SOUTH SUDAN / DEBATE FOR PEACE

30-Sep-2021 00:03:33
In Aweil, Northern Bahr El Ghazal, the United Nations Mission in South Sudan (UNMISS) organized a student debate with young girls and boys from two secondary schools where both teams deliberated on an important topic: Whether the Revitalized Peace Agreement should be made part of the regular curriculum in schools. UNMISS
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STORY: SOUTH SUDAN / DEBATE FOR PEACE
TRT: 03:33
SOURCE: UNMISS
RESTRICTIONS: NONE
LANGUAGES: ENGLISH /NATS

DATELINE: 21 SEPTEMBER 2021, AWEIL, SOUTH SUDAN
SHOTLIST
1. Various shots, procession by students
2. Various shots, students dancing in hall
3. Various shots, students waiting for debate to start
4. Various shots, debate teams waiting
5. Various shots, students listening to debate
6. Various shots, students debating
7. SOUNDBITE (English) Ayi Chol Ayi, Student, South Sudan Education Center:
“The Peace Agreement that they are arguing to be added to the curriculum is promoting gender inequality. Why do I say so? The Peace Agreement talked about the ladies being given 35 percent in the government. That one neglects or ignores the power of the ladies, which shows the gender inequality in South Sudan.”
8. Wide shot, debating session
9. SOUNDBITE (English) Viviana Akol Marach Student, Aweil National:
“Peace promotes interactions among the tribes. We know in Aweil we have so many tribes. It is because we have peace in Aweil and that is why they have come from far flung places such as Uganda and Kenya. I think why we have so many tribes here is because of peace. When there is no peace, no interaction among the people in this country and that is why we say peace must be taught in the schools.”
10. Med shot, students
11. Med shot, students being gifted promotional items
12. SOUNDBITE (English) Alfred Zulu, Acting Head of Office, UNMISS Aweil:
“If all the schools of South Sudan in all the ten states can begin to teach young stars from the lowest levels of learning to the highest levels of education, this is going to have a multiplier effect in terms of understanding the issues of peace and at the same time, it is going to create a culture of peacebuilding among pupils, among citizens so that when they grow up their desire to fight will be eliminated.”
13. Various shots, students singing with hands across their chests
STORYLINE
In Aweil, Northern Bahr El Ghazal, the United Nations Mission in South Sudan (UNMISS) organized a student debate with young girls and boys from two secondary schools where both teams deliberated on an important topic: Whether the Revitalized Peace Agreement should be made part of the regular curriculum in schools.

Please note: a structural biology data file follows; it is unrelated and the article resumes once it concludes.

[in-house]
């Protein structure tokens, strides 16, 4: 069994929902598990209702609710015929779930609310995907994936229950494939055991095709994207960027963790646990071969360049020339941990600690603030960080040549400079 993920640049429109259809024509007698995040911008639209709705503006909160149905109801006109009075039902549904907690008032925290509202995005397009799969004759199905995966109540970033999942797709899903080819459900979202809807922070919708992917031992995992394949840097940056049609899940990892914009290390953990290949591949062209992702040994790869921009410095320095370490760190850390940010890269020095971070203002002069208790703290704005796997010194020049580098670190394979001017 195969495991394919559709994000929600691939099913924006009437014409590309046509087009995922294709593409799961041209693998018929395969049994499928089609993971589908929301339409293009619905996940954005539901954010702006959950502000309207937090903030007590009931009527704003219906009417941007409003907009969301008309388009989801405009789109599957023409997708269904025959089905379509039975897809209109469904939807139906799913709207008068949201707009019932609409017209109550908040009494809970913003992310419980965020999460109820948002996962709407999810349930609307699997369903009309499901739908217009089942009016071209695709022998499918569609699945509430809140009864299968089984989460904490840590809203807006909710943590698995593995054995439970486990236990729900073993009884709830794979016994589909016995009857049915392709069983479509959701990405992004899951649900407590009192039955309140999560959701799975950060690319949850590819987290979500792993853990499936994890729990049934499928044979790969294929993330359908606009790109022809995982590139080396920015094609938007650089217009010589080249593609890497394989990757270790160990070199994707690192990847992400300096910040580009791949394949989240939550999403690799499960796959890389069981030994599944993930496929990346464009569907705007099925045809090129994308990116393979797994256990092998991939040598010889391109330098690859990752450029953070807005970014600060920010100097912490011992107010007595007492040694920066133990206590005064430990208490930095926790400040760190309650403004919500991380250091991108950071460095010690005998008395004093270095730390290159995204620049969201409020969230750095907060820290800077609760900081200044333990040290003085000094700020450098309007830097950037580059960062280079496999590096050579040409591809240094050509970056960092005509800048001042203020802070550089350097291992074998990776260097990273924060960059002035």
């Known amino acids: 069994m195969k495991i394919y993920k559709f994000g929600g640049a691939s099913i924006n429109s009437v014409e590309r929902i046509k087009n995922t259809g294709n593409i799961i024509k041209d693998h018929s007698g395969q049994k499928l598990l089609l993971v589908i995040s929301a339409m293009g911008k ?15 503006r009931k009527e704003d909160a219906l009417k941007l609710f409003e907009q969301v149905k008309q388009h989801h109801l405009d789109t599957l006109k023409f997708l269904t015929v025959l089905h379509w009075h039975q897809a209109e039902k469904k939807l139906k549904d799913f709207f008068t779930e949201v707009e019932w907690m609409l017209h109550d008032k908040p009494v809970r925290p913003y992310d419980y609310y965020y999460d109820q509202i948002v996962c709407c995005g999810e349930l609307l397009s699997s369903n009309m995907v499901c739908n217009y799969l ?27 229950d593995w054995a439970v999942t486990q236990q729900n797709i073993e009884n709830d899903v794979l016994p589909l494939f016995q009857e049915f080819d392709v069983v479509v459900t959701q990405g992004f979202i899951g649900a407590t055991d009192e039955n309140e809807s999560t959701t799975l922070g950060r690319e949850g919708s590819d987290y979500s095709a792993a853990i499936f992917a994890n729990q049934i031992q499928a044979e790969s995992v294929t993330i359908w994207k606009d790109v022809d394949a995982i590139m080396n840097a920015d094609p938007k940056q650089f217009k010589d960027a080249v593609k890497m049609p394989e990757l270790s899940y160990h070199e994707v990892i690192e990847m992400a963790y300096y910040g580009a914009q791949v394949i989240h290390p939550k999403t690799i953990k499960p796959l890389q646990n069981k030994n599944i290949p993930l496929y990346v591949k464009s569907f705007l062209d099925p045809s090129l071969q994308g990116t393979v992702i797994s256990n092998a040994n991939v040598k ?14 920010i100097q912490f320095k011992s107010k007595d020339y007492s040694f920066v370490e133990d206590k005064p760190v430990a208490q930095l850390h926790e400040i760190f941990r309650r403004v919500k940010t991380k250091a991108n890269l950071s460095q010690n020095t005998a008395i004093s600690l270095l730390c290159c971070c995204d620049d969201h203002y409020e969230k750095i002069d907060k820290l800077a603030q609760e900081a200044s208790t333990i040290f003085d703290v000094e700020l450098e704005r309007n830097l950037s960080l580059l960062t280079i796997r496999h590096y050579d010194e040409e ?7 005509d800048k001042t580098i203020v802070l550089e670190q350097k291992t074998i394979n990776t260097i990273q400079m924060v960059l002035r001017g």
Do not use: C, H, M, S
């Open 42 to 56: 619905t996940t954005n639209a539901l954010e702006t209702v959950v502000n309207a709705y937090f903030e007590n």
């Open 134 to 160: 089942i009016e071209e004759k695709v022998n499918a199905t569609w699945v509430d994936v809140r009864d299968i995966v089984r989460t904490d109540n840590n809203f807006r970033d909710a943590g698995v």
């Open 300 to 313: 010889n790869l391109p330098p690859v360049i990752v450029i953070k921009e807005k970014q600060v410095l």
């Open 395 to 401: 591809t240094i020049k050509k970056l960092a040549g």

Young people have perhaps been worst affected by ongoing conflict across South Sudan.

Dances, singing and spirited discussions were the theme of this year’s International Peace Day celebrations in Aweil, which brought together some 130 students drawn from two Secondary schools here to debate a cogent topic: Should the Revitalized Peace Agreement be taught to children as part of their regular school curriculum.

For 20-year-old Ayi Chol Ayi, opposing the motion was natural on the grounds that it wasn’t inclusive enough.

SOUNDBITE (English) Ayi Chol Ayi, Student, South Sudan Education Center:
“The Peace Agreement that they are arguing to be added to the curriculum is promoting gender inequality. Why do I say so? The Peace Agreement talked about the ladies being given 35 percent in the government. That one neglects or ignores the power of the ladies, which shows the gender inequality in South Sudan.”

Despite Ayi’s well thought out reservations, the team that argued for the motion made a very considered case for including the Peace Agreement at all levels of learning. Their point: familiarizing students from an early age on the need for durable peace is bound to ensure that younger generations grow up appreciating the value of social unity.

SOUNDBITE (English) Viviana Akol Marach Student, Aweil National:
“Peace promotes interactions among the tribes. We know in Aweil we have so many tribes. It is because we have peace in Aweil and that is why they have come from far flung places such as Uganda and Kenya. I think why we have so many tribes here is because of peace. When there is no peace, no interaction among the people in this country and that is why we say peace must be taught in the schools.”

This argument won the hearts and minds of both judges as well as students and the team overcame stiff competition from naysayers to win prizes and certificates.

SOUNDBITE (English) Alfred Zulu, Acting Head of Office, UNMISS Aweil:
“If all the schools of South Sudan in all the ten states can begin to teach young stars from the lowest levels of learning to the highest levels of education, this is going to have a multiplier effect in terms of understanding the issues of peace and at the same time, it is going to create a culture of peacebuilding among pupils, among citizens so that when they grow up their desire to fight will be eliminated.”

The event concluded with students performing peace songs and poems.
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